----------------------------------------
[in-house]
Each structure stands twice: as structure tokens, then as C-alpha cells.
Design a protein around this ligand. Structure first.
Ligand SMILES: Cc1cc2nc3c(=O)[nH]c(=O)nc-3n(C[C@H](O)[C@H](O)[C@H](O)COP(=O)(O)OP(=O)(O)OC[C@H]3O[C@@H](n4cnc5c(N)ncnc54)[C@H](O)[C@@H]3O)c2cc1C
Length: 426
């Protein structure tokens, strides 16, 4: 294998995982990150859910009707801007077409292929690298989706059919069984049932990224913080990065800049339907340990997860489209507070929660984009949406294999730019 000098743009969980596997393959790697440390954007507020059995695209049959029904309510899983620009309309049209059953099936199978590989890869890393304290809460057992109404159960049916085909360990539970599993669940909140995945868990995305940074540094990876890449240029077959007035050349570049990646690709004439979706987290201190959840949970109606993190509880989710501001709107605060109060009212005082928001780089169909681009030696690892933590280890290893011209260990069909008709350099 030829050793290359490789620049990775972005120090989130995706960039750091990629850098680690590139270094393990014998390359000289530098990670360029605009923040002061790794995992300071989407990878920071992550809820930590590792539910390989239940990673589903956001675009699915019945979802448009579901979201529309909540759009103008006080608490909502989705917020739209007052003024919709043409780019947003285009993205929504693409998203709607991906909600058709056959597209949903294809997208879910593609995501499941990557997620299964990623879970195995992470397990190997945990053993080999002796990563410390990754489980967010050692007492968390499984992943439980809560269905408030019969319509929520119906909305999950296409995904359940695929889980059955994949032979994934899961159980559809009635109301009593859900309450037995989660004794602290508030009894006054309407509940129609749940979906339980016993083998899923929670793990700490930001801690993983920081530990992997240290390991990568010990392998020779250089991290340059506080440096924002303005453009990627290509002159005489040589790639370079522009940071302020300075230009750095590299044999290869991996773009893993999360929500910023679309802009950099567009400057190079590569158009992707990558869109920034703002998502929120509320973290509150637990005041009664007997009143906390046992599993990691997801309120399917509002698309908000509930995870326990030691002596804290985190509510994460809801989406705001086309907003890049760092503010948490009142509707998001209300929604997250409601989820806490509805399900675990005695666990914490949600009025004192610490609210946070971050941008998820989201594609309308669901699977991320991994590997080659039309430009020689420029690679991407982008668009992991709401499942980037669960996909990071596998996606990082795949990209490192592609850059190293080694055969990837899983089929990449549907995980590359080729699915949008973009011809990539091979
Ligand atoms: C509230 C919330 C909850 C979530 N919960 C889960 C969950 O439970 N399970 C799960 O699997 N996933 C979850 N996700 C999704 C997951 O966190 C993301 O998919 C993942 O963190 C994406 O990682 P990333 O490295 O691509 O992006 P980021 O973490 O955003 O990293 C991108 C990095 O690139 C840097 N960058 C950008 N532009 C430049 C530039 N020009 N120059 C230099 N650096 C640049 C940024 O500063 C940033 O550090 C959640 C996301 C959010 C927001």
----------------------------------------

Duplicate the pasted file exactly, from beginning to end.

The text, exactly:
[in-house]
Each structure stands twice: as structure tokens, then as C-alpha cells.
Design a protein around this ligand. Structure first.
Ligand SMILES: Cc1cc2nc3c(=O)[nH]c(=O)nc-3n(C[C@H](O)[C@H](O)[C@H](O)COP(=O)(O)OP(=O)(O)OC[C@H]3O[C@@H](n4cnc5c(N)ncnc54)[C@H](O)[C@@H]3O)c2cc1C
Length: 426
């Protein structure tokens, strides 16, 4: 294998995982990150859910009707801007077409292929690298989706059919069984049932990224913080990065800049339907340990997860489209507070929660984009949406294999730019 000098743009969980596997393959790697440390954007507020059995695209049959029904309510899983620009309309049209059953099936199978590989890869890393304290809460057992109404159960049916085909360990539970599993669940909140995945868990995305940074540094990876890449240029077959007035050349570049990646690709004439979706987290201190959840949970109606993190509880989710501001709107605060109060009212005082928001780089169909681009030696690892933590280890290893011209260990069909008709350099 030829050793290359490789620049990775972005120090989130995706960039750091990629850098680690590139270094393990014998390359000289530098990670360029605009923040002061790794995992300071989407990878920071992550809820930590590792539910390989239940990673589903956001675009699915019945979802448009579901979201529309909540759009103008006080608490909502989705917020739209007052003024919709043409780019947003285009993205929504693409998203709607991906909600058709056959597209949903294809997208879910593609995501499941990557997620299964990623879970195995992470397990190997945990053993080999002796990563410390990754489980967010050692007492968390499984992943439980809560269905408030019969319509929520119906909305999950296409995904359940695929889980059955994949032979994934899961159980559809009635109301009593859900309450037995989660004794602290508030009894006054309407509940129609749940979906339980016993083998899923929670793990700490930001801690993983920081530990992997240290390991990568010990392998020779250089991290340059506080440096924002303005453009990627290509002159005489040589790639370079522009940071302020300075230009750095590299044999290869991996773009893993999360929500910023679309802009950099567009400057190079590569158009992707990558869109920034703002998502929120509320973290509150637990005041009664007997009143906390046992599993990691997801309120399917509002698309908000509930995870326990030691002596804290985190509510994460809801989406705001086309907003890049760092503010948490009142509707998001209300929604997250409601989820806490509805399900675990005695666990914490949600009025004192610490609210946070971050941008998820989201594609309308669901699977991320991994590997080659039309430009020689420029690679991407982008668009992991709401499942980037669960996909990071596998996606990082795949990209490192592609850059190293080694055969990837899983089929990449549907995980590359080729699915949008973009011809990539091979
Ligand atoms: C509230 C919330 C909850 C979530 N919960 C889960 C969950 O439970 N399970 C799960 O699997 N996933 C979850 N996700 C999704 C997951 O966190 C993301 O998919 C993942 O963190 C994406 O990682 P990333 O490295 O691509 O992006 P980021 O973490 O955003 O990293 C991108 C990095 O690139 C840097 N960058 C950008 N532009 C430049 C530039 N020009 N120059 C230099 N650096 C640049 C940024 O500063 C940033 O550090 C959640 C996301 C959010 C927001």